In an 8-1 vote, the U.S. Supreme Court gave Republican legislative leaders in North Carolina a win Thursday in a fight over the state's photo identification voting law. That law requires voters to present a driver's license, a passport, or certain forms of student and local government IDs. It had been vetoed by a Democratic governor, but then overridden by state lawmakers.
Writing for the majority, Associate Justice Neil Gorsuch said that through the NC General Assembly, "the people of North Carolina have authorized the leaders of their legislature to defend duly enacted state statutes against constitutional challenge. Ordinarily, a federal court must respect that kind of sovereign choice – not assemble presumptions against it."
The high court's ruling doesn't end the three-year-plus dispute over the NC voter ID law, which has been challenged by Democrats and their allies in state and federal courts – it just means legislative leaders can intervene in the federal case to defend the law.
A lower court had ruled the lawmakers' interests were being adequately represented by the state's attorney general, Democrat Josh Stein. But J. Christian Adams, a former DOJ attorney who is now president of Public Interest Legal Foundation, says the lawmakers had "good reason" to believe the state's AG and the Board of Elections wouldn't defend the law.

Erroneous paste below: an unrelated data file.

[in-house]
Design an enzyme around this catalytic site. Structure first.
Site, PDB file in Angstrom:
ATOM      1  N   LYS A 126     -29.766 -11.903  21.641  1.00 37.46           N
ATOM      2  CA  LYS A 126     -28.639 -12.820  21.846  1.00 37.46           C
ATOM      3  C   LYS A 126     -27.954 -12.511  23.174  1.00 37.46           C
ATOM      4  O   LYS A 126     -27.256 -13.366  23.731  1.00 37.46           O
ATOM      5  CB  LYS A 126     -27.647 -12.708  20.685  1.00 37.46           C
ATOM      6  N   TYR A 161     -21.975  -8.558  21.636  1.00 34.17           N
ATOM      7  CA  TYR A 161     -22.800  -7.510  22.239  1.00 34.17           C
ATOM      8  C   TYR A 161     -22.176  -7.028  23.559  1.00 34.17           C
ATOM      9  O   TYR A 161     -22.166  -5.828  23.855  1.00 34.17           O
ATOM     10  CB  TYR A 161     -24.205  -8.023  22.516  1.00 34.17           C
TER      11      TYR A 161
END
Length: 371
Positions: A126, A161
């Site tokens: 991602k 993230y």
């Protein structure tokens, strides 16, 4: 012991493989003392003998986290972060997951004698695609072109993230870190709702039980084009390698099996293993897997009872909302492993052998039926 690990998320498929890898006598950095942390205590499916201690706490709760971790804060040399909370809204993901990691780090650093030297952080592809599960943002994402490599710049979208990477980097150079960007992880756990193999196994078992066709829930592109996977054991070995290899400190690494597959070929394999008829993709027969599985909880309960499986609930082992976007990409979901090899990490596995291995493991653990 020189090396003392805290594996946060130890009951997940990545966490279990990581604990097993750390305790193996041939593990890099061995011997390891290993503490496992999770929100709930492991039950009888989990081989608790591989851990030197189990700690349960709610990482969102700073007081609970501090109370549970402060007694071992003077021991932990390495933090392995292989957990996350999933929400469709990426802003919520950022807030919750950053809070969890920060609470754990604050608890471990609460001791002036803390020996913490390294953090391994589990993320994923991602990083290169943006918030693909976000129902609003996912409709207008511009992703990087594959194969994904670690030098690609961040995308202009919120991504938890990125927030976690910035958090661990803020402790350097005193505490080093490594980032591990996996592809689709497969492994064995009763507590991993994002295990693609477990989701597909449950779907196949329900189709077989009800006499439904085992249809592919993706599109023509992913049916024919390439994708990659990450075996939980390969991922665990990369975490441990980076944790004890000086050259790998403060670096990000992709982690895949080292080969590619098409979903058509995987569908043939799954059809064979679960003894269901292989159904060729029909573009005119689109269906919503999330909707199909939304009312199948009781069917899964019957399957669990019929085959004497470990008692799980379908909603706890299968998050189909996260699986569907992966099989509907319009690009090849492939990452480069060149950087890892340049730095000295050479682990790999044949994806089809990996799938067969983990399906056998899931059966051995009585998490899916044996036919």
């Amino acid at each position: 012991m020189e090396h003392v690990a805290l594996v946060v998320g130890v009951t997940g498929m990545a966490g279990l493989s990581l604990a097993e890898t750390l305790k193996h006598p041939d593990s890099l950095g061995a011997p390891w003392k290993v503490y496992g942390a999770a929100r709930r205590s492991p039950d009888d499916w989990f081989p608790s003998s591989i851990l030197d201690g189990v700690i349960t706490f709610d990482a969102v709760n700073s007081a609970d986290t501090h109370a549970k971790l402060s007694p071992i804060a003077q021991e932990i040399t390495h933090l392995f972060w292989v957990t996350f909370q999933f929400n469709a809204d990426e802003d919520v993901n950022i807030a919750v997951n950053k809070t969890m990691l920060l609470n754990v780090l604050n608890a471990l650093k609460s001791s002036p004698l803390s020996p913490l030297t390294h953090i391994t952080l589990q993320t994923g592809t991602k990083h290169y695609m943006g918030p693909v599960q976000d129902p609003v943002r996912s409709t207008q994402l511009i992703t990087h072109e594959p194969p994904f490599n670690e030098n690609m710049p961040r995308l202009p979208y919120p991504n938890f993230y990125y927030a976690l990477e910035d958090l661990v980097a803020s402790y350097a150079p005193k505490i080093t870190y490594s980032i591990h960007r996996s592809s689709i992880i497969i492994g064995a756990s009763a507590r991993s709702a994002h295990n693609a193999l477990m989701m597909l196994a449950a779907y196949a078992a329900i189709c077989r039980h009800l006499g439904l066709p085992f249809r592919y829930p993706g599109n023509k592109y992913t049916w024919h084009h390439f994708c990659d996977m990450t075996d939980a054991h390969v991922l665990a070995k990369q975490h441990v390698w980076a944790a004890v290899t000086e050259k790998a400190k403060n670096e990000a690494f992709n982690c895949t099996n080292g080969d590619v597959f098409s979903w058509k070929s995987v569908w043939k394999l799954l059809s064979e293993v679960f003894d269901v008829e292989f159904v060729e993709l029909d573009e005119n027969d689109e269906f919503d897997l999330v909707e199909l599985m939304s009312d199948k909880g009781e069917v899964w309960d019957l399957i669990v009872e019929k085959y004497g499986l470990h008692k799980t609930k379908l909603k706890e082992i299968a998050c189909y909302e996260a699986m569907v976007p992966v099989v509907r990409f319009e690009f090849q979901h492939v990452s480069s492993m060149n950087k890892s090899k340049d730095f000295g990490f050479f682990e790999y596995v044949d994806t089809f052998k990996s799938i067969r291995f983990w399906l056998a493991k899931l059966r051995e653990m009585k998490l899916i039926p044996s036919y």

"Because … when he was in the legislature [Stein] voted against voter ID," Adams explains to AFN. "So, it wasn't exactly a mystery as to what was going to happen – and that's why the North Carolina legislature voted and passed a law to give them the right to defend the law because they knew this North Carolina attorney general didn't do a very good job defending the law."
In Adams' opinion, this ruling bodes well as the case moves forward – particularly when there are factions within a state that may sabotage the defense of that state's election laws.
"On one hand, the court gave some clues and talked about how the voter ID was free for everybody and so forth," he says. "[But] it's noteworthy that this was an 8-1 opinion – 8 to 1! [Justices] Kagan and Breyer joined with [Justices] Thomas and Alito in upholding the North Carolina legislature's power to intervene in the case. This was not a close call!"
Adams says with the legislators able to intervene there will at least be a fair fight.
The case was Berger v. North Carolina Conference of the NAACP. Associated Justice Sonia Sotomayor was the lone dissenter.